Matthew, from Publican to Apostle
WHOM did God choose to become apostles of his Son Christ Jesus? The high and mighty of this world? Not at all! On the contrary, as the apostle Paul well expressed it: “God chose the foolish things of the world, that he might put the wise men to shame, and God chose the weak things of the world, that he might put the strong things to shame; and God chose the ignoble things of the world and the things looked down upon, the things that are not, that he might bring to nothing the things that are.” And why? “In order that no flesh might boast in the sight of God.”—John 17:6; 1 Cor. 1:27-29, NW.
“The ignoble things of the world and the things looked down upon”—how well that describes the tax collectors of Jesus’ day! Evidently these tax collectors (termed “publicans” in the King James Version) were very much like the corrupt collectors of internal revenue of the United States and other lands in modern times and therefore well deserved their reputation. McClintock & Strong’s Cyclopædia tells us that they “were notorious for their impudent exactions everywhere; but to the Jews they were especially odious, for they were the very spot where the Roman chain galled them, the visible proof of the degraded state of their nation. As a rule, none but the lowest would accept such an unpopular office, and thus the class became worthy of the hatred with which in any case the Jews would have regarded it”. No wonder that the tax collectors were repeatedly associated with harlots and sinners!—Matt. 9:10, 11; 21:31, 32, NW.
While the self-righteous religious leaders of the day had a veritable loathing for the tax collectors, it was to just such spiritually sick persons that Jesus came, even as he told the Pharisees, who had complained about his associating with tax collectors and sinners: “Persons in health do not need a physician, but the ailing do. Go, then, and learn what this means, ‘I want mercy, and not sacrifice.’”—Matt. 9:12, 13, NW.
Matthew, whose name means “gift of Jah”, was one of those despised tax collectors. He seems to have had charge of the office of custom for the Sea of Galilee. Matthew, however, was different from most tax collectors of his day. He was not content with making tax collecting his career, regardless of how profitable it might have been. No, he was one of those whom Jesus termed happy because of appreciating their spiritual need and who hungered and thirsted for righteousness.—Matt. 5:3, 6, NW.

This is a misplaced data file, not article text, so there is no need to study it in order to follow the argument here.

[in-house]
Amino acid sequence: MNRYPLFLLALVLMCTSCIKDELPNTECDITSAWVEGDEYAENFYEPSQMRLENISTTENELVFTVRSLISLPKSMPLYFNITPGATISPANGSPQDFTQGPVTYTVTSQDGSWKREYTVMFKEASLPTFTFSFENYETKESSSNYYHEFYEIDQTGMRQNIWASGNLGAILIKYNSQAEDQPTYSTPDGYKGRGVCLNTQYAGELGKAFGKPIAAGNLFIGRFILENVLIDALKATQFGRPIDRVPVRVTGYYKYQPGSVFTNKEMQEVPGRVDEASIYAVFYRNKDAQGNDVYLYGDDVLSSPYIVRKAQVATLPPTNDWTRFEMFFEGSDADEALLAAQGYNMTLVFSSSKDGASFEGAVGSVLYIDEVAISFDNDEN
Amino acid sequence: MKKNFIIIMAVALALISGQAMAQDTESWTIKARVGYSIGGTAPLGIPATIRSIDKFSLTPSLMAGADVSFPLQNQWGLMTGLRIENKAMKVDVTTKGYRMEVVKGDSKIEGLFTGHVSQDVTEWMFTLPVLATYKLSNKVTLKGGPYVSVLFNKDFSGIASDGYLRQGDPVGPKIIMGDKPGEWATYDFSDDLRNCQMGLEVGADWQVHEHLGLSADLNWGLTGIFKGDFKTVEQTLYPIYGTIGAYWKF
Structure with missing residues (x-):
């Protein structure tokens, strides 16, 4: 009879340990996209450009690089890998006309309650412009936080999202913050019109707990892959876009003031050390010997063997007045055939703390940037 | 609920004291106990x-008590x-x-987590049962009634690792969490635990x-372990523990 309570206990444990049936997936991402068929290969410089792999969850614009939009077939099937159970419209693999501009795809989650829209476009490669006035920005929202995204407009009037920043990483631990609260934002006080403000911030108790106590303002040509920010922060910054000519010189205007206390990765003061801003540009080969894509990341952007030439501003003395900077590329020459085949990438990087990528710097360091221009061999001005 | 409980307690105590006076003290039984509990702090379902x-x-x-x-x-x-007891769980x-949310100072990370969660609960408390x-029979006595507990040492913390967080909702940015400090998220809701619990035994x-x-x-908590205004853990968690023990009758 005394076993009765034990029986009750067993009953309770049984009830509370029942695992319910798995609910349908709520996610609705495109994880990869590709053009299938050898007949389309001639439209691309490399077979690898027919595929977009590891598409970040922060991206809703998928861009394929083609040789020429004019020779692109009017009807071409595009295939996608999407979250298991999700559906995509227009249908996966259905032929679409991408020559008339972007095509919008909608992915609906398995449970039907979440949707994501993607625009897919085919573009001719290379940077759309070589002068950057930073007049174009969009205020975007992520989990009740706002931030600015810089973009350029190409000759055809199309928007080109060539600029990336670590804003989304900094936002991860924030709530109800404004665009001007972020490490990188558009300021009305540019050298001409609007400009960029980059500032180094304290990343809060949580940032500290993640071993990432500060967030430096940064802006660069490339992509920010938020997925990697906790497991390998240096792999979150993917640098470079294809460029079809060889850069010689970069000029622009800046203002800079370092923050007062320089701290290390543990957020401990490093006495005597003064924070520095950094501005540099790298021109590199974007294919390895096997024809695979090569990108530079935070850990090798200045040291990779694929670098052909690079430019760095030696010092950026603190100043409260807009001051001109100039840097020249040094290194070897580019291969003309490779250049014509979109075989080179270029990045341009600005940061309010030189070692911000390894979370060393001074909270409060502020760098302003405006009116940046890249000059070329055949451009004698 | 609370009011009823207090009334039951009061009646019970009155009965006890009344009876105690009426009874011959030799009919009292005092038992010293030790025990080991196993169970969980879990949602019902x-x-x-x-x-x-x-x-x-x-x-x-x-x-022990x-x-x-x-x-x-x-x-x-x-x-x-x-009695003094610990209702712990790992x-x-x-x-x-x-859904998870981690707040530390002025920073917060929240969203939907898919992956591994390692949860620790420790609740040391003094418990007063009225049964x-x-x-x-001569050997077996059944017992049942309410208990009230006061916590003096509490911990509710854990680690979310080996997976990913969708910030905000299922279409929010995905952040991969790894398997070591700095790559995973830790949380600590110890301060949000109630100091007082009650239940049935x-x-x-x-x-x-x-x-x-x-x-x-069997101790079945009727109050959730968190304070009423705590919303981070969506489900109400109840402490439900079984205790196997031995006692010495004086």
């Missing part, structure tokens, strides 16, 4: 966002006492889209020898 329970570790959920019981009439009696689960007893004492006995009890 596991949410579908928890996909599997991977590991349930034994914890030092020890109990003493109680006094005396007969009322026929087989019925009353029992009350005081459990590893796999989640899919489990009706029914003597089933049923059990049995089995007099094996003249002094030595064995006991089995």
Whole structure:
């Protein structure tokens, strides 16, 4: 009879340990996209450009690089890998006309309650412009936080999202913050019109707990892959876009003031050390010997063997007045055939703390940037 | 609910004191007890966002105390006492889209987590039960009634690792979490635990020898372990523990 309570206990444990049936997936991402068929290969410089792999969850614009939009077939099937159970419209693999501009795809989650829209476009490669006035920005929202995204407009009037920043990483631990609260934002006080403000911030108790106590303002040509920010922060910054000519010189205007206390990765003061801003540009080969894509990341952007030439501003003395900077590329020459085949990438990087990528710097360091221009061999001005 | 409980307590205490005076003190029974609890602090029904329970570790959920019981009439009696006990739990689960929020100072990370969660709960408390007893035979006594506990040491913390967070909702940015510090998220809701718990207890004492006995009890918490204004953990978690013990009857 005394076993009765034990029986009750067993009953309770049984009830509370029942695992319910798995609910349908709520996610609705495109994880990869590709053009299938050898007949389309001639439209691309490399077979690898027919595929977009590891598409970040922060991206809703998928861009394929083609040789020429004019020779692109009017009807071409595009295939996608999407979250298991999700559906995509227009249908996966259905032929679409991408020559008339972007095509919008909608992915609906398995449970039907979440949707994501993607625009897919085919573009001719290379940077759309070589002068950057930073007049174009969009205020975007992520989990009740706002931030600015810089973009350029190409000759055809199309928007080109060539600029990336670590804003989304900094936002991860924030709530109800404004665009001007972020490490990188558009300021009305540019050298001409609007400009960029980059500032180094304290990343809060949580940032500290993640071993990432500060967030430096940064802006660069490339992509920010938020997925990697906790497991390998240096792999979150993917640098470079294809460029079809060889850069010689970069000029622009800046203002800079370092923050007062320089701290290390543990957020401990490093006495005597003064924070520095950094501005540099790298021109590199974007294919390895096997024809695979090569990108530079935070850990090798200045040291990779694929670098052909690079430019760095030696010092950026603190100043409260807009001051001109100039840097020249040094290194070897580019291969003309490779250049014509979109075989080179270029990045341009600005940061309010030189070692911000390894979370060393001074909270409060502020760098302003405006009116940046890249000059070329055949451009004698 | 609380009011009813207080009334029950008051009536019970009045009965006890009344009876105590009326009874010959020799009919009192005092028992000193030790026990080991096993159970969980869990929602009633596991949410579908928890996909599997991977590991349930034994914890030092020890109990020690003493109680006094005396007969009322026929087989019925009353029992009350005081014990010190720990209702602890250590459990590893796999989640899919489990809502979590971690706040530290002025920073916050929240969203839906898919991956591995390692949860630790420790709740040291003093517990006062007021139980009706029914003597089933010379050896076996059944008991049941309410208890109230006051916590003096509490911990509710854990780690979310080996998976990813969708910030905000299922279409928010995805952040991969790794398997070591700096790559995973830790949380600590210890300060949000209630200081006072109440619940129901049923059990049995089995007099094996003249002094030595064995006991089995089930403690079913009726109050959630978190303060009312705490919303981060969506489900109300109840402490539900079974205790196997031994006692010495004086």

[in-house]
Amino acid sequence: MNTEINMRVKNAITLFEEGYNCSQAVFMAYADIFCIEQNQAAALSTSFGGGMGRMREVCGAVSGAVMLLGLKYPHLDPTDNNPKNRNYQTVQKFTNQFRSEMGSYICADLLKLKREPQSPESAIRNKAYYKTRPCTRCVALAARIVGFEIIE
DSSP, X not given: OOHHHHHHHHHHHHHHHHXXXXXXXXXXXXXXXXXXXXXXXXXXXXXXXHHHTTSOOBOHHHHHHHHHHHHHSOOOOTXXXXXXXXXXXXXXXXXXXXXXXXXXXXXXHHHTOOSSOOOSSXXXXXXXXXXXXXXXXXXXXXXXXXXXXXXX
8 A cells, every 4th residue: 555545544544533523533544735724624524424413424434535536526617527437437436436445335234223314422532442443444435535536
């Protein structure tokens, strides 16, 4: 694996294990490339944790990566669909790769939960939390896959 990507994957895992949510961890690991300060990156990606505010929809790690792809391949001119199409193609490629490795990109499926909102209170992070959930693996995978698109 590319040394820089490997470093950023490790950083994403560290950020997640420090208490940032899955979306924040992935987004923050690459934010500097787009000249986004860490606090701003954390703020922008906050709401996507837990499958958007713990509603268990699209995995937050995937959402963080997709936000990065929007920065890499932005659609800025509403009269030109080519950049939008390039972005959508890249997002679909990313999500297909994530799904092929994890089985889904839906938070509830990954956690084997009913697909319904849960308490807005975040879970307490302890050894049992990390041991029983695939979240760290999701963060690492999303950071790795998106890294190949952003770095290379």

Matthew was a true sheep, and so when Jesus called “Be my follower” he at once recognized the voice of the Good Shepherd, and “thereupon he did rise up and follow him”. (Matt. 9:9, NW) Yes, just as readily as the sons of Zebedee left their father’s fishing business to follow Jesus so did Matthew leave his customs post. And to use another illustration, Matthew was like a pearl covered with grime. All that the self-righteous clergy saw was the grime, the contemptible tax collector. God, however, saw the pearl, the honest heart, that only needed the water of truth to cause it to shine with a beautiful luster to the honor of its Creator.—John 7:24, NW.
After telling of his call to follow Jesus, and his response to it, Matthew tells of a feast at the home of a tax collector to which Jesus was invited, causing the Pharisees to grumble, as already noted. Modestly, Matthew fails to tell who made this feast. Luke, however, identifies him for us: “Also Levi [Matthew] spread a big reception feast for him in his house; and there was a great crowd of tax collectors and others who were with them reclining at the meal.” (Luke 5:29, NW) What an effective way for all his friends and business acquaintances to have a good witness given to them by Jesus! Incidentally, in this matter Mark and Luke refer to Matthew as Levi, his name before becoming an apostle, even as Peter’s name was Simon and Paul’s was Saul.—John 1:42; Acts 13:9.
What a change this meant for the despised tax collector Matthew! Instead of giving his allegiance to Caesar, he was now giving it to Jehovah’s king, Christ Jesus. And instead of working for cruel, ruthless, imperial Rome, as an instrument of oppression, Matthew was in the service of the kingdom of God, bringing comfort and hope of freedom to the mourning and oppressed.
Matthew seems to have played a minor role among the twelve apostles, as the Gospel accounts have very little to say regarding him. We know that he was one of the twelve that accompanied Jesus on his preaching tours and that later were sent out to preach, two by two. He was with Jesus on the night in which his Master instituted the memorial of his death, washed the feet of his disciples and gave those comforting words of admonition recorded by John.—Matthew 10; Luke 8:1; 22:28-30; John chapters 13 to 17.
Matthew also saw the resurrected Christ, and together with the other ten received parting instructions from him. Matthew is named as being in the upper chamber shortly before the holy spirit was poured out.—Matt. 28:16-20; Acts 1:13; 2:1-4.